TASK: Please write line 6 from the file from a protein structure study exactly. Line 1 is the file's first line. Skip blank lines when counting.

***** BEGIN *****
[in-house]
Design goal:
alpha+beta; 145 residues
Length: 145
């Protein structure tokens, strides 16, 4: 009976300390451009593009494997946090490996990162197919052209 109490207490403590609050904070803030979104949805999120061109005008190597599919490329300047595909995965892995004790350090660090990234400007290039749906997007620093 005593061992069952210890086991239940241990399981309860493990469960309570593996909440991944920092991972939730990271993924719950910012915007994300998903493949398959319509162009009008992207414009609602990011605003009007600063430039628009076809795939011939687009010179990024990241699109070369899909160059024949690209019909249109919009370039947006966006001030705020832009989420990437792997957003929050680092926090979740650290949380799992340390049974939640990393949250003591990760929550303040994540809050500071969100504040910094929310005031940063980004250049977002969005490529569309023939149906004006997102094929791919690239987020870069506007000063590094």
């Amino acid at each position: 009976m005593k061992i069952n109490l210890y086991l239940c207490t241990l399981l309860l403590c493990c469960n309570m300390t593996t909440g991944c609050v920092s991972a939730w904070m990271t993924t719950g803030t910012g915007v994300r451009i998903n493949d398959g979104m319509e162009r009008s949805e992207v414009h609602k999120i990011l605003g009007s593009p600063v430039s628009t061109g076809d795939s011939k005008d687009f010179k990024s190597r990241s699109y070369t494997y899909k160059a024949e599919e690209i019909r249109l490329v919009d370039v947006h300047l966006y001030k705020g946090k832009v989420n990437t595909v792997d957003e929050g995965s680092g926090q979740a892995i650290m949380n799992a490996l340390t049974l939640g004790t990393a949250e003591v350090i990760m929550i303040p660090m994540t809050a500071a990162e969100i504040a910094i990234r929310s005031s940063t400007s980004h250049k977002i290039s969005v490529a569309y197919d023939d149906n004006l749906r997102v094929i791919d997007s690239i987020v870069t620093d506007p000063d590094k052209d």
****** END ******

């Amino acid at each position: 009976m005593k061992i069952n109490l210890y086991l239940c207490t241990l399981l309860l403590c493990c469960n309570m300390t593996t909440g991944c609050v920092s991972a939730w904070m990271t993924t719950g803030t910012g915007v994300r451009i998903n493949d398959g979104m319509e162009r009008s949805e992207v414009h609602k999120i990011l605003g009007s593009p600063v430039s628009t061109g076809d795939s011939k005008d687009f010179k990024s190597r990241s699109y070369t494997y899909k160059a024949e599919e690209i019909r249109l490329v919009d370039v947006h300047l966006y001030k705020g946090k832009v989420n990437t595909v792997d957003e929050g995965s680092g926090q979740a892995i650290m949380n799992a490996l340390t049974l939640g004790t990393a949250e003591v350090i990760m929550i303040p660090m994540t809050a500071a990162e969100i504040a910094i990234r929310s005031s940063t400007s980004h250049k977002i290039s969005v490529a569309y197919d023939d149906n004006l749906r997102v094929i791919d997007s690239i987020v870069t620093d506007p000063d590094k052209d």